New Parts-Marking Technology Would Have Helped Investigators

A highly durable product-marking system approved for use by NASA in 2001 and currently being tested on the International Space Station would have helped investigators identify the debris from Columbia, had the technology been available when the orbiter was being built.

The 2-D marking system, called Data Matrix, is based on compressed symbology technology patented by a Canton, Mass.-based company called RVSI and released for use in the public domain.

The Data Matrix symbol is a checkerboardlike mark that's etched permanently onto a surface. The mark is scanned using a charge-coupled device or optical reader. It's similar to a bar code, but it's capable of storing up to 100 times more information than a bar code, RVSI officials said. Data Matrix symbols were designed to withstand extremely harsh conditions, said Donald Roxby, director of The Symbology Research Center, a Huntsville, Ala.-based unit of RVSI.

The Data Matrix system is being tested on a panel on the International Space Station.
The Data Matrix system is being tested on a panel on the International Space Station.
"Tests at Marshall [Space Flight Center] verified the mark would survive the 18,000-mile-per-hour slipstreams and temperatures in excess of 2,300 degrees" associated with orbiter re-entry, he said. "The symbols could sustain up to 30% damage and still provide 100% of the [encoded] data."

Jerry Berg, a spokesman for the Marshall Space Flight Center in Huntsville, said the organization was unable to comment because the official in charge of the Data Matrix effort was not available.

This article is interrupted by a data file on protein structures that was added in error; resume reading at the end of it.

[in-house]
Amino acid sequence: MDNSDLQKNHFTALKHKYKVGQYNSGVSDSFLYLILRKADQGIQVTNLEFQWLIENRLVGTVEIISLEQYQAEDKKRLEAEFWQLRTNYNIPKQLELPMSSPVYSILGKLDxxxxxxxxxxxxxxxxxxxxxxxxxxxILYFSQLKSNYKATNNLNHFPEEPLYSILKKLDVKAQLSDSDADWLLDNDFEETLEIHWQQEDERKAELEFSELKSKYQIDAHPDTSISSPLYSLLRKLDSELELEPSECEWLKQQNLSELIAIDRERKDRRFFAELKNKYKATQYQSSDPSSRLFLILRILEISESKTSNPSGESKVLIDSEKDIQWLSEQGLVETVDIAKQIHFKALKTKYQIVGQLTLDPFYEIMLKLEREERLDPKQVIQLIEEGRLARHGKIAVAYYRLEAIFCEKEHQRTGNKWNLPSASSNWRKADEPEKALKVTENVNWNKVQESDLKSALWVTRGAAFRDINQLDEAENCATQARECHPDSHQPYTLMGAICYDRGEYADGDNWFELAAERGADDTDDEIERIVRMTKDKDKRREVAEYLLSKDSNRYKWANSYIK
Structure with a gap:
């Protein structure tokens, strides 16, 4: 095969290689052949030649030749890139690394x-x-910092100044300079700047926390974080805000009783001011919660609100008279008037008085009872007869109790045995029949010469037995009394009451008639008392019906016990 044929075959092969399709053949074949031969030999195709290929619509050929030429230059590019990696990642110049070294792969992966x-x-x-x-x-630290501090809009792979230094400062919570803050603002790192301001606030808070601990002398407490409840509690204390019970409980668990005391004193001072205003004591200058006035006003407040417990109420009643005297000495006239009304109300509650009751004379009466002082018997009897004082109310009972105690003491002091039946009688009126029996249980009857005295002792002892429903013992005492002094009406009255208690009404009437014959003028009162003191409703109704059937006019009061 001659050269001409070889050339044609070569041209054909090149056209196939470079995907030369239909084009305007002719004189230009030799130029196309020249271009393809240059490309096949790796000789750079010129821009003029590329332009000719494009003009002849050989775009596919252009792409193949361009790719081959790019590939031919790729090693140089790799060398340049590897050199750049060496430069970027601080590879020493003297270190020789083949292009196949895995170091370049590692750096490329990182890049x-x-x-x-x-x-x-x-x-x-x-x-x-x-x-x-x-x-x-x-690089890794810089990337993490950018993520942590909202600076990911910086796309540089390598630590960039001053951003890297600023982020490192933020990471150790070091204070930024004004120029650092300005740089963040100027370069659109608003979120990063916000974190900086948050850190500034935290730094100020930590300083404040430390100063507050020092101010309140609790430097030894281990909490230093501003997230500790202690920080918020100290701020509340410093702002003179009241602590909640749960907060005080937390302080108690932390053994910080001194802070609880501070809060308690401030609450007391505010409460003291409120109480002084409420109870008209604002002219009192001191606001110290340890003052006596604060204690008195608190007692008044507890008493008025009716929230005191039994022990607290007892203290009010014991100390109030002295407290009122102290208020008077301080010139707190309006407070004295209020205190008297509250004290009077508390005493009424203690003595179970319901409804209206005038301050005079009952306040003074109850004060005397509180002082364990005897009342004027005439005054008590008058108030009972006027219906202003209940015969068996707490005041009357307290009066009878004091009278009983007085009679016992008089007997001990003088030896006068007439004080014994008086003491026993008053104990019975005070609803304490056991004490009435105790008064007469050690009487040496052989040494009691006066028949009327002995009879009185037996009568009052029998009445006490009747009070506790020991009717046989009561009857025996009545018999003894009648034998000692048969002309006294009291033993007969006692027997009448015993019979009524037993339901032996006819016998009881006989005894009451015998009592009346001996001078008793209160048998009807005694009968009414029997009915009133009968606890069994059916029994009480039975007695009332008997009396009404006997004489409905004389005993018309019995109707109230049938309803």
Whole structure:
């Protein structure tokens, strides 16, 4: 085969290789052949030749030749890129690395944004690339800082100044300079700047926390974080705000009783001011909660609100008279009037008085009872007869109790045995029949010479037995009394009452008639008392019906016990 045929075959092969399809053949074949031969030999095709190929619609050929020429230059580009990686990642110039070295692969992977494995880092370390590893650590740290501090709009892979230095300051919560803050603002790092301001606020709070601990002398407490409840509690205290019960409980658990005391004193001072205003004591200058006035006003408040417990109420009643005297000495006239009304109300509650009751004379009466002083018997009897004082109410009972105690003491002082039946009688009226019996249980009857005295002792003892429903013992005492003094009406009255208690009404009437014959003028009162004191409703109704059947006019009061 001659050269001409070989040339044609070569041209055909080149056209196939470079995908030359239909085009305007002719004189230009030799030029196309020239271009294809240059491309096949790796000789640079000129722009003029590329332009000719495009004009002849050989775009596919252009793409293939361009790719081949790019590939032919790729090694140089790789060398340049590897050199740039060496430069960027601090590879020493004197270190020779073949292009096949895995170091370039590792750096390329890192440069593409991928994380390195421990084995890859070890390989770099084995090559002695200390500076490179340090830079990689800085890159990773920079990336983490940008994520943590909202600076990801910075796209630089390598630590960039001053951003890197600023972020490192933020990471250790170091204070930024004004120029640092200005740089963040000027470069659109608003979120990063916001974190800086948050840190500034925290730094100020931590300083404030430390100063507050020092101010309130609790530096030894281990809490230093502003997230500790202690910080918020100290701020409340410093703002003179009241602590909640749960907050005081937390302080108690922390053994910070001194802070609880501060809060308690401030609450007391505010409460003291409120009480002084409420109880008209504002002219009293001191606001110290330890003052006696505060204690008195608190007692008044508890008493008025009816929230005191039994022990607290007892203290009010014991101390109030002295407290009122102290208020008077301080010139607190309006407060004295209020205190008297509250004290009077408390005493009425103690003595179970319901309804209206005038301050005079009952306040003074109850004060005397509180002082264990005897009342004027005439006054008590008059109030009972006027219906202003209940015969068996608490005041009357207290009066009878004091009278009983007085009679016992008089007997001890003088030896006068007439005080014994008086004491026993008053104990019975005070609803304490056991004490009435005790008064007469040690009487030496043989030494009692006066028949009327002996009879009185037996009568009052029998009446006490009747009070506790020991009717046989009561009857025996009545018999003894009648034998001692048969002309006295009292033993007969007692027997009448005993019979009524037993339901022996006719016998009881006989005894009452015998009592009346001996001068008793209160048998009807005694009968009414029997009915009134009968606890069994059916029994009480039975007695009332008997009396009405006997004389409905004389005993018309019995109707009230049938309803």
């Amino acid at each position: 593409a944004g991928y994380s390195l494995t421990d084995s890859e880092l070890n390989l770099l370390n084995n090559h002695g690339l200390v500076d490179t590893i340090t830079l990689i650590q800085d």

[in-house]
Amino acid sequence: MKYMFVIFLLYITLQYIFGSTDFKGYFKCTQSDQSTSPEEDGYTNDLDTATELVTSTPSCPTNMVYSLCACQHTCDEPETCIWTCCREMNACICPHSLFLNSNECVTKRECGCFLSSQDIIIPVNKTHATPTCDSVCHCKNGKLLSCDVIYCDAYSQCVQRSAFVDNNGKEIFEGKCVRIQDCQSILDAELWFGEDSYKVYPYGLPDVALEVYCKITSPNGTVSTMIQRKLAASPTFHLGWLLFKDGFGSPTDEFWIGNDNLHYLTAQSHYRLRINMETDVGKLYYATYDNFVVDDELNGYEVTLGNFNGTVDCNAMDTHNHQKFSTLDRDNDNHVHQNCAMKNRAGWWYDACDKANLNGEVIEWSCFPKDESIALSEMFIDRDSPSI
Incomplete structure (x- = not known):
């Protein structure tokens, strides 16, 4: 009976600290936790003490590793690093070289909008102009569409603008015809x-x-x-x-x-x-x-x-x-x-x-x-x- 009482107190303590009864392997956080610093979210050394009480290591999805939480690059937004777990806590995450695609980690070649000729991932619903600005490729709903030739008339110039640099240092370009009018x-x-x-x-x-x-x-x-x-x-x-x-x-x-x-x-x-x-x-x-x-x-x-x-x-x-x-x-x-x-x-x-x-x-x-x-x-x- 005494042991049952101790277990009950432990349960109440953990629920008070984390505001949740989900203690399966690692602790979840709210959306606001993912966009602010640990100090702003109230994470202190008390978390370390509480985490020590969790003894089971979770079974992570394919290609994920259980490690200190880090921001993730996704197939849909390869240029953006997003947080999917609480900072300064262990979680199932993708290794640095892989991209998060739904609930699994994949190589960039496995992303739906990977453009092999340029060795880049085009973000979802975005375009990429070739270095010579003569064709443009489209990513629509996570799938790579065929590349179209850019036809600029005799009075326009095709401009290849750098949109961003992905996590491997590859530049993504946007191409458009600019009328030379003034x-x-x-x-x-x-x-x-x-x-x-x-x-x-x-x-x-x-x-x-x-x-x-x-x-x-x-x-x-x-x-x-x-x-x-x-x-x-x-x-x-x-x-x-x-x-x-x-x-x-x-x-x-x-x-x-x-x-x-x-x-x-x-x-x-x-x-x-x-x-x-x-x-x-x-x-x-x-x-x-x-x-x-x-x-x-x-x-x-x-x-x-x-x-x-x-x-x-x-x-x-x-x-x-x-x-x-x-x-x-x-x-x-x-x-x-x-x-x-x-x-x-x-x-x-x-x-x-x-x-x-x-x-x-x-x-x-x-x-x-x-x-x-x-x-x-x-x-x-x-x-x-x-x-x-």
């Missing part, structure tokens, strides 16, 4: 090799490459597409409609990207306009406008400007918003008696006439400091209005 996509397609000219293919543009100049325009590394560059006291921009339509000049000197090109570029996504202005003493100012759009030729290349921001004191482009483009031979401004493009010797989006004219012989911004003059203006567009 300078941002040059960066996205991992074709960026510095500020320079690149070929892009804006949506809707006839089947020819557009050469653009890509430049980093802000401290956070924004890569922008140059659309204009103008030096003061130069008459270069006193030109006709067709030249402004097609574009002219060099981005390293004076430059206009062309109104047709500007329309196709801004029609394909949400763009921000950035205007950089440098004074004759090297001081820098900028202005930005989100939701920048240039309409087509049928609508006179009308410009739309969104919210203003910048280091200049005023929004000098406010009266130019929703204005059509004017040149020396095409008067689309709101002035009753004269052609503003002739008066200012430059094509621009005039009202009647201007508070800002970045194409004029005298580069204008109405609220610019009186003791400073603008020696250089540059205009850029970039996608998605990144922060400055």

But since the 2-D etches are typically made during the manufacturing process, Roxby said, none of Columbia's parts -- except for three tiles that were recently replaced -- carried the Data Matrix symbol.

The symbols would have made it easier for investigators to identify parts of the Columbia orbiter, he added.

Data Matrix symbols of various sizes and on different materials are being tested on the International Space Station to see how well they hold up in space, Roxby said. "The last photos we saw show these marks to be still in very good condition and readable," he said.

The goal behind marking parts in this manner was to improve NASA's ability to check the manufacturing history and operational data of parts use in a shuttle, said Erin Binder, a director at Golden Valley, Minn.-based Veritec Inc., another company that has also worked with NASA to develop a compressed symbology standard for marking shuttle parts.

Unlike bar codes, which don't work on certain surfaces and can peel off, compressed symbols like Data Matrix can be applied permanently to a variety of surfaces, Roxby said.

To mark the three tiles on Columbia, small recesses were etched out of each tile and filled with a ceramic paint that would melt permanently into the tile from the heat on re-entry, Roxby said.

Copyright © 2003 IDG Communications, Inc.

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